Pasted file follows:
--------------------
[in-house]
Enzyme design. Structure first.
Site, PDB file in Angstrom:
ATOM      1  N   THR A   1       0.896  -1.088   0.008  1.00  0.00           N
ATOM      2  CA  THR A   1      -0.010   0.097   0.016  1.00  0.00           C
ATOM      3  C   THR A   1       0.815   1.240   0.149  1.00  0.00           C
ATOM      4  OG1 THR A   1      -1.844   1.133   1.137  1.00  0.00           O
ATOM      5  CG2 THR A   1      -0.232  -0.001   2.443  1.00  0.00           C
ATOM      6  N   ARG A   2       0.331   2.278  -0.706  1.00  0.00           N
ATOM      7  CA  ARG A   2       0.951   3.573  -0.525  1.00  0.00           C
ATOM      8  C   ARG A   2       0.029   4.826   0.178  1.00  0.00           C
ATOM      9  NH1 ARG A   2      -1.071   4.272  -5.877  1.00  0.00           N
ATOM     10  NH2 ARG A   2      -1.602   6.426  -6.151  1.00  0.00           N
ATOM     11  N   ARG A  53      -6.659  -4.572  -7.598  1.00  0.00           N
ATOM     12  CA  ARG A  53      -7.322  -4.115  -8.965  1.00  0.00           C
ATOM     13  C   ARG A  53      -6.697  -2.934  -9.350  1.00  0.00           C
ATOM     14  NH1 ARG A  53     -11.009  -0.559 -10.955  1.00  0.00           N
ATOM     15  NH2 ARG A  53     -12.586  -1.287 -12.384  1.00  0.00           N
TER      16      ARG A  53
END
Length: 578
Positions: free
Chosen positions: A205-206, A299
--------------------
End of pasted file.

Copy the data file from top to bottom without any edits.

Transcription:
[in-house]
Enzyme design. Structure first.
Site, PDB file in Angstrom:
ATOM      1  N   THR A   1       0.896  -1.088   0.008  1.00  0.00           N
ATOM      2  CA  THR A   1      -0.010   0.097   0.016  1.00  0.00           C
ATOM      3  C   THR A   1       0.815   1.240   0.149  1.00  0.00           C
ATOM      4  OG1 THR A   1      -1.844   1.133   1.137  1.00  0.00           O
ATOM      5  CG2 THR A   1      -0.232  -0.001   2.443  1.00  0.00           C
ATOM      6  N   ARG A   2       0.331   2.278  -0.706  1.00  0.00           N
ATOM      7  CA  ARG A   2       0.951   3.573  -0.525  1.00  0.00           C
ATOM      8  C   ARG A   2       0.029   4.826   0.178  1.00  0.00           C
ATOM      9  NH1 ARG A   2      -1.071   4.272  -5.877  1.00  0.00           N
ATOM     10  NH2 ARG A   2      -1.602   6.426  -6.151  1.00  0.00           N
ATOM     11  N   ARG A  53      -6.659  -4.572  -7.598  1.00  0.00           N
ATOM     12  CA  ARG A  53      -7.322  -4.115  -8.965  1.00  0.00           C
ATOM     13  C   ARG A  53      -6.697  -2.934  -9.350  1.00  0.00           C
ATOM     14  NH1 ARG A  53     -11.009  -0.559 -10.955  1.00  0.00           N
ATOM     15  NH2 ARG A  53     -12.586  -1.287 -12.384  1.00  0.00           N
TER      16      ARG A  53
END
Length: 578
Positions: free
Chosen positions: A205-206, A299